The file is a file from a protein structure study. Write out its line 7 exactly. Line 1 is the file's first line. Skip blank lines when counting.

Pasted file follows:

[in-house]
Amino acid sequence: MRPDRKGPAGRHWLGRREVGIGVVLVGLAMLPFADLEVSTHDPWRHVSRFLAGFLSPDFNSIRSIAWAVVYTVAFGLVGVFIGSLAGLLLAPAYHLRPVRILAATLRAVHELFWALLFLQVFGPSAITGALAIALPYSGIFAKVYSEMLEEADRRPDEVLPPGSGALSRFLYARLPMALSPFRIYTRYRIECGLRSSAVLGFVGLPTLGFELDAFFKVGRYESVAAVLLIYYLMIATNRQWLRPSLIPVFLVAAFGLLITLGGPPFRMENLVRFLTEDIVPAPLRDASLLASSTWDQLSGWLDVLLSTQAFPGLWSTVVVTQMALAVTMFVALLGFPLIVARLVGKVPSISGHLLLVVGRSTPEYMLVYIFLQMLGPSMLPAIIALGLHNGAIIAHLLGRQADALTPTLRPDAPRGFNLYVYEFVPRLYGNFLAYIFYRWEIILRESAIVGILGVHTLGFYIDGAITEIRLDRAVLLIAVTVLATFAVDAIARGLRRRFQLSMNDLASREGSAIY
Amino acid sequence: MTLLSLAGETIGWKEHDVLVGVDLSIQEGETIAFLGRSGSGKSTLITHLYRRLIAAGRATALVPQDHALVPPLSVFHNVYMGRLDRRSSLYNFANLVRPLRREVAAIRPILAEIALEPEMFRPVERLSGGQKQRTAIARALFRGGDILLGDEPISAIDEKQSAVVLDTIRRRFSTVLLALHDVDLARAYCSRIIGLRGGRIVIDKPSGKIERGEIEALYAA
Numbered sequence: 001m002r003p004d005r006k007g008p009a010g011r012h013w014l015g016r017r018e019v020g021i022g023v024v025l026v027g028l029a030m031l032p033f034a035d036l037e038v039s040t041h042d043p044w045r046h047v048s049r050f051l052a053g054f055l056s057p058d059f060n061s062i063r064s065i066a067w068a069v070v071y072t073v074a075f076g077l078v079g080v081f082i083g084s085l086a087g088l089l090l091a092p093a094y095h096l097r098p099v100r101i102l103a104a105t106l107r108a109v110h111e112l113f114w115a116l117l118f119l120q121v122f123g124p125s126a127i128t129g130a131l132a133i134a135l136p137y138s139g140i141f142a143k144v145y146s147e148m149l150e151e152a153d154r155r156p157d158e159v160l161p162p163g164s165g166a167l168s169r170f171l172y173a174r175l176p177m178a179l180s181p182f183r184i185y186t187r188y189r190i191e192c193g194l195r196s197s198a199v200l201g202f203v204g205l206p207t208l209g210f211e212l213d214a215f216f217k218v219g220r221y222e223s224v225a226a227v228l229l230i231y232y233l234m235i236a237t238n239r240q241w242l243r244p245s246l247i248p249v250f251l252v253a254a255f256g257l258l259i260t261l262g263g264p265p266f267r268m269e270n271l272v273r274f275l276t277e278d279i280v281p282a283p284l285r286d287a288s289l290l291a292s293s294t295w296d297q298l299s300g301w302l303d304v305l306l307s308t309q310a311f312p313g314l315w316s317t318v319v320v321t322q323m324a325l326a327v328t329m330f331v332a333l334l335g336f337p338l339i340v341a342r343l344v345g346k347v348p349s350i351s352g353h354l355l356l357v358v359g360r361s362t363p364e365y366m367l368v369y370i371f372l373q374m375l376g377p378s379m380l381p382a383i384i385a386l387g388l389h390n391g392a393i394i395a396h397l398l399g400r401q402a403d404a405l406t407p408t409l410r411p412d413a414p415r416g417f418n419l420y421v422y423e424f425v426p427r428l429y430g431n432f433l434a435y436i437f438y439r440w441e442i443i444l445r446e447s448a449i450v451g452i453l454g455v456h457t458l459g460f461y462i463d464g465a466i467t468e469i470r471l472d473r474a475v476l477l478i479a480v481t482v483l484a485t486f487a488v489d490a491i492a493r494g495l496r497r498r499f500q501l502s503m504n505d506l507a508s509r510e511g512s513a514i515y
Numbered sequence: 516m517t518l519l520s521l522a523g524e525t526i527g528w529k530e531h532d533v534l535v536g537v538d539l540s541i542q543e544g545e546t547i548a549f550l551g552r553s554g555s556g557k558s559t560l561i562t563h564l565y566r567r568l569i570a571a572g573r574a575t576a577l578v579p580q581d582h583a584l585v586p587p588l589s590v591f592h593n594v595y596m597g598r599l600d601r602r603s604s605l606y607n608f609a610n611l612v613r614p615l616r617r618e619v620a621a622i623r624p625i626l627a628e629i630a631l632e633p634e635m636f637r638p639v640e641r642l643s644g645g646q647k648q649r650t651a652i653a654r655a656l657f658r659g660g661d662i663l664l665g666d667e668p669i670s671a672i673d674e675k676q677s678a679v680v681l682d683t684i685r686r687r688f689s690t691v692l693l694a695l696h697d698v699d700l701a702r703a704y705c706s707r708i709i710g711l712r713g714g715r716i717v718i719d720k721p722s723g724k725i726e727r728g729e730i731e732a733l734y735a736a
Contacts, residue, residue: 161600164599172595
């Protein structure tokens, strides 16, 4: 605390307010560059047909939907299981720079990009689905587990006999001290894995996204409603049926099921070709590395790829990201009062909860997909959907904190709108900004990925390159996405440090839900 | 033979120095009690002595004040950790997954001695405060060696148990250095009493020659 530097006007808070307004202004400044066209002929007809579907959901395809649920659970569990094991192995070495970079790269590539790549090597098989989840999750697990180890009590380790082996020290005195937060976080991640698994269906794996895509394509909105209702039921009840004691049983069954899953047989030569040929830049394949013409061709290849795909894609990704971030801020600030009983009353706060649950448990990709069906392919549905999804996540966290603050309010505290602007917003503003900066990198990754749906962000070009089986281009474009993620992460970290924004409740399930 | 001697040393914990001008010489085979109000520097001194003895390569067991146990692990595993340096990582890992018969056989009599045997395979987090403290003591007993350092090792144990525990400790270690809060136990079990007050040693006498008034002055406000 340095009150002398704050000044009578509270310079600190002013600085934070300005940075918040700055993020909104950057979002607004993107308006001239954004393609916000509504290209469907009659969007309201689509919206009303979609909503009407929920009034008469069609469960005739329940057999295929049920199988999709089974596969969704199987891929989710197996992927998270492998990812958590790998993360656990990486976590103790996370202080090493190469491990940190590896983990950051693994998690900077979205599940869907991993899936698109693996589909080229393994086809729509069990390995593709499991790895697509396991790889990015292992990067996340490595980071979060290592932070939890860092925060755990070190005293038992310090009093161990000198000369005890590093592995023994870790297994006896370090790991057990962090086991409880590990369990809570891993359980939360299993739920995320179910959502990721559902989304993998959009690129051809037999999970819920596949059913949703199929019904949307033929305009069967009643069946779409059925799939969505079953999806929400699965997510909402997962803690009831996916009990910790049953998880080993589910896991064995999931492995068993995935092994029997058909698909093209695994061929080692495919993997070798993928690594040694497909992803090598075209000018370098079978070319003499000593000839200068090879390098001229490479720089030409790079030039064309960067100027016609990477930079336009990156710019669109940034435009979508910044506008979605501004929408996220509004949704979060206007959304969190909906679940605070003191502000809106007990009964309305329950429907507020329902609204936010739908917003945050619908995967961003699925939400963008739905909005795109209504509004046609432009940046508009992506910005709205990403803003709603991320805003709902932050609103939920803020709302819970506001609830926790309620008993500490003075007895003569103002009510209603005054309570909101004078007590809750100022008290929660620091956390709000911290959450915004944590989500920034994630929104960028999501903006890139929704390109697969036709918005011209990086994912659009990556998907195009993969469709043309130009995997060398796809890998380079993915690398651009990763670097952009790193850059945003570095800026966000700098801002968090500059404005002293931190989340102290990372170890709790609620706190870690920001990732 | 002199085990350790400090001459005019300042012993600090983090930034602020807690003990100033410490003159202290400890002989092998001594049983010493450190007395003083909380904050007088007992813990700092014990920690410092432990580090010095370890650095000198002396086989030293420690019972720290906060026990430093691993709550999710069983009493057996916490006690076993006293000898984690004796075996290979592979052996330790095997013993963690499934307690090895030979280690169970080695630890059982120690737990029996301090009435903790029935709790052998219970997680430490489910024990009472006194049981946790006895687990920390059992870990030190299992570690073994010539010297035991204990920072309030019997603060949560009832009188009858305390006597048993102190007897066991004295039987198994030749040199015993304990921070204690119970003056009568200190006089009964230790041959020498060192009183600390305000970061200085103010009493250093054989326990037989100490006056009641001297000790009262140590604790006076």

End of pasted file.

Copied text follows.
């Protein structure tokens, strides 16, 4: 605390307010560059047909939907299981720079990009689905587990006999001290894995996204409603049926099921070709590395790829990201009062909860997909959907904190709108900004990925390159996405440090839900 | 033979120095009690002595004040950790997954001695405060060696148990250095009493020659 530097006007808070307004202004400044066209002929007809579907959901395809649920659970569990094991192995070495970079790269590539790549090597098989989840999750697990180890009590380790082996020290005195937060976080991640698994269906794996895509394509909105209702039921009840004691049983069954899953047989030569040929830049394949013409061709290849795909894609990704971030801020600030009983009353706060649950448990990709069906392919549905999804996540966290603050309010505290602007917003503003900066990198990754749906962000070009089986281009474009993620992460970290924004409740399930 | 001697040393914990001008010489085979109000520097001194003895390569067991146990692990595993340096990582890992018969056989009599045997395979987090403290003591007993350092090792144990525990400790270690809060136990079990007050040693006498008034002055406000 340095009150002398704050000044009578509270310079600190002013600085934070300005940075918040700055993020909104950057979002607004993107308006001239954004393609916000509504290209469907009659969007309201689509919206009303979609909503009407929920009034008469069609469960005739329940057999295929049920199988999709089974596969969704199987891929989710197996992927998270492998990812958590790998993360656990990486976590103790996370202080090493190469491990940190590896983990950051693994998690900077979205599940869907991993899936698109693996589909080229393994086809729509069990390995593709499991790895697509396991790889990015292992990067996340490595980071979060290592932070939890860092925060755990070190005293038992310090009093161990000198000369005890590093592995023994870790297994006896370090790991057990962090086991409880590990369990809570891993359980939360299993739920995320179910959502990721559902989304993998959009690129051809037999999970819920596949059913949703199929019904949307033929305009069967009643069946779409059925799939969505079953999806929400699965997510909402997962803690009831996916009990910790049953998880080993589910896991064995999931492995068993995935092994029997058909698909093209695994061929080692495919993997070798993928690594040694497909992803090598075209000018370098079978070319003499000593000839200068090879390098001229490479720089030409790079030039064309960067100027016609990477930079336009990156710019669109940034435009979508910044506008979605501004929408996220509004949704979060206007959304969190909906679940605070003191502000809106007990009964309305329950429907507020329902609204936010739908917003945050619908995967961003699925939400963008739905909005795109209504509004046609432009940046508009992506910005709205990403803003709603991320805003709902932050609103939920803020709302819970506001609830926790309620008993500490003075007895003569103002009510209603005054309570909101004078007590809750100022008290929660620091956390709000911290959450915004944590989500920034994630929104960028999501903006890139929704390109697969036709918005011209990086994912659009990556998907195009993969469709043309130009995997060398796809890998380079993915690398651009990763670097952009790193850059945003570095800026966000700098801002968090500059404005002293931190989340102290990372170890709790609620706190870690920001990732 | 002199085990350790400090001459005019300042012993600090983090930034602020807690003990100033410490003159202290400890002989092998001594049983010493450190007395003083909380904050007088007992813990700092014990920690410092432990580090010095370890650095000198002396086989030293420690019972720290906060026990430093691993709550999710069983009493057996916490006690076993006293000898984690004796075996290979592979052996330790095997013993963690499934307690090895030979280690169970080695630890059982120690737990029996301090009435903790029935709790052998219970997680430490489910024990009472006194049981946790006895687990920390059992870990030190299992570690073994010539010297035991204990920072309030019997603060949560009832009188009858305390006597048993102190007897066991004295039987198994030749040199015993304990921070204690119970003056009568200190006089009964230790041959020498060192009183600390305000970061200085103010009493250093054989326990037989100490006056009641001297000790009262140590604790006076």